Panel to oppose law on incest.
Bahrain: A move to criminalise incest in Bahrain will be opposed by a parliamentary committee, the GDN has learnt.
That is despite the committee head acknowledging that sexual abuse within families could continue unpunished if victims remained silent.
There is currently no specific law that makes sex between relatives illegal and MPs are due to vote on whether to include it as a crime under the Penal Code.
However, parliament's foreign affairs, defence and national security committee will recommend vetoing the idea on the grounds that such cases should continue being treated as rape - and because of the shame it would bring to families.
That is despite committee chairman Abdulla Bin Howail admitting that authorities would be powerless to penalise incest unless one of those involved reported another to police and that, when incest cases do arise, they rarely make it to court and are dropped "most of the time".
"The judicial system deals with complaints from alleged rape victims, or someone on their behalf, and it doesn't matter if they are aged 12, 16, 18 or above 21 - the legal age of consent," he told the GDN.
"So unless someone comes forward and complains that they have been raped or sexually harassed by a relative, or there is actual evidence, the Public Prosecution can't refer the case to court and most of the time victims end up dropping the case altogether."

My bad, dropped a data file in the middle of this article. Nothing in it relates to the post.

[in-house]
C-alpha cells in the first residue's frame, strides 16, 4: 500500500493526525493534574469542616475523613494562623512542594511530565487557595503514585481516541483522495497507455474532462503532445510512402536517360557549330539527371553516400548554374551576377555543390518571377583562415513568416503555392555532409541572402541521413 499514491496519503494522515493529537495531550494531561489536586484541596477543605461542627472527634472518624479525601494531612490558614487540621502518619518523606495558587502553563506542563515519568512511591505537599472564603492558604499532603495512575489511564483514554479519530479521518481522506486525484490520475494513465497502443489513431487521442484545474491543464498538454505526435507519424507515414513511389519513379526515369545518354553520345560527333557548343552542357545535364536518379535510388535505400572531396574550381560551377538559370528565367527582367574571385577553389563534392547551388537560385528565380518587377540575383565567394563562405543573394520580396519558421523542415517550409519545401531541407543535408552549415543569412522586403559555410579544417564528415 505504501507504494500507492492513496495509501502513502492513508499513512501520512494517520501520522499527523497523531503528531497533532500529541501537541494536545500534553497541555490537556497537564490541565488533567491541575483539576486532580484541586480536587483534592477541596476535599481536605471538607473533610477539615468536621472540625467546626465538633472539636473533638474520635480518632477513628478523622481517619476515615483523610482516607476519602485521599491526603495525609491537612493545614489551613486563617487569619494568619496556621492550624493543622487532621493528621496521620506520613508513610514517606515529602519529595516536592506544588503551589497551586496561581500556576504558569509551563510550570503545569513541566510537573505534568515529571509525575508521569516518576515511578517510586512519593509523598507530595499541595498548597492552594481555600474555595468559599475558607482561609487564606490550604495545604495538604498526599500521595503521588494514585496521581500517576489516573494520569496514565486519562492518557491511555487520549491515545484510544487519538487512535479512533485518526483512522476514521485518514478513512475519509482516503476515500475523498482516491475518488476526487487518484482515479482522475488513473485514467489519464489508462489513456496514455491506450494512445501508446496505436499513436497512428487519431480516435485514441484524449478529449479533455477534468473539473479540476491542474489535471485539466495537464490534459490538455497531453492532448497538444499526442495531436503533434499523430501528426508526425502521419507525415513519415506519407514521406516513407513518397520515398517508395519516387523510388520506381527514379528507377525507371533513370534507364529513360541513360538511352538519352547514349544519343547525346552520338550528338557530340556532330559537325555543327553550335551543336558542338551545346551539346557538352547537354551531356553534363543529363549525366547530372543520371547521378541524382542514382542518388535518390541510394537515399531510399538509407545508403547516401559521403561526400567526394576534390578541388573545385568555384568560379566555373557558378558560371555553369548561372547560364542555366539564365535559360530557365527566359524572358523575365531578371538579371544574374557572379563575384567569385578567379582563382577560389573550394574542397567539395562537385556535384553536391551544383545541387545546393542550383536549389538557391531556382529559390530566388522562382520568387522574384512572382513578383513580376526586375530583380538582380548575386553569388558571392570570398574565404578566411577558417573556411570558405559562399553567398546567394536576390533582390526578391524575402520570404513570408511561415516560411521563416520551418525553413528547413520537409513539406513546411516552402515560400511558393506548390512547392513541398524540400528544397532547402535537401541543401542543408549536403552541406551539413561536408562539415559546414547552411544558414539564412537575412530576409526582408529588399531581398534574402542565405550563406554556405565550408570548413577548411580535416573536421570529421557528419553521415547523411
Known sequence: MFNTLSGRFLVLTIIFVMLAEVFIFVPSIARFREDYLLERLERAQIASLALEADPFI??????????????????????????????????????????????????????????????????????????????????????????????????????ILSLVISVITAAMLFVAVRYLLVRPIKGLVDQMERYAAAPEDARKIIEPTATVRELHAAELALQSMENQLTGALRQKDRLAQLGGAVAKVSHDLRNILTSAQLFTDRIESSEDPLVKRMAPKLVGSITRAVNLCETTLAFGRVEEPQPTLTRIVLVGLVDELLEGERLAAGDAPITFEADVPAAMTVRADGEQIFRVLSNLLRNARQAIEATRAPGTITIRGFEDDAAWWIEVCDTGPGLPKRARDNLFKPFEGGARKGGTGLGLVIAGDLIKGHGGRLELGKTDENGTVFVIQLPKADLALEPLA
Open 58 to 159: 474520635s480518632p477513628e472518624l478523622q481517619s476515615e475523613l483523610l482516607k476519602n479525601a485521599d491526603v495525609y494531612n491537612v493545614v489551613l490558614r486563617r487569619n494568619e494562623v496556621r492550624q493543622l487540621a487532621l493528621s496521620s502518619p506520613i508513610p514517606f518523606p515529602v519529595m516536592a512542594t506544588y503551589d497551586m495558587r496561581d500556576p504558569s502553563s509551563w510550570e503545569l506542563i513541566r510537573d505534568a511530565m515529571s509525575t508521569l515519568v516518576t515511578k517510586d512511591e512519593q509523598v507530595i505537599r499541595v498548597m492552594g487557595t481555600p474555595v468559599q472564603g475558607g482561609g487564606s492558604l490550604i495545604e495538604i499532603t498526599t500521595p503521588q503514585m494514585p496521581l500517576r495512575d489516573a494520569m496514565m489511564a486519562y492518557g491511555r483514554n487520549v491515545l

Mr Bin Howail said his committee had decided incest was too rare in Bahrain to make it a specific crime, but added that not all members agreed after consultations with the Interior Ministry, the Supreme Council for Women, the National Institution for Human Rights, the Supreme Council for Islamic Affairs and the Labour and Social Development Ministry.
"There is a huge difference in opinion between committee members on the direction that should be taken with incest," he revealed.
"But as a committee we believe that criminalising it as a special case is unnecessary.
"It is not a trend in Bahrain, although we acknowledge it has happened and will happen."
He argued that it was sufficient to penalise offenders as "extreme rape" cases.
"We are not saying that perpetrators will be left off the hook, they will be punished in equal terms as extreme rape, but not as incest," he said.
However, he admitted that it would allow people who rape or sexually abuse a relative to escape punishment if the victim refused to testify.
"In the end, if a father or brother is content with his sick doings and his daughter, son or sister are quiet, then there is nothing much to do," said Mr Bin Howail.
"But specifying incest as a crime is dangerous, considering it would bring damage to the reputation of the whole family.
"Especially nowadays, with how things spread, it will be devastating."
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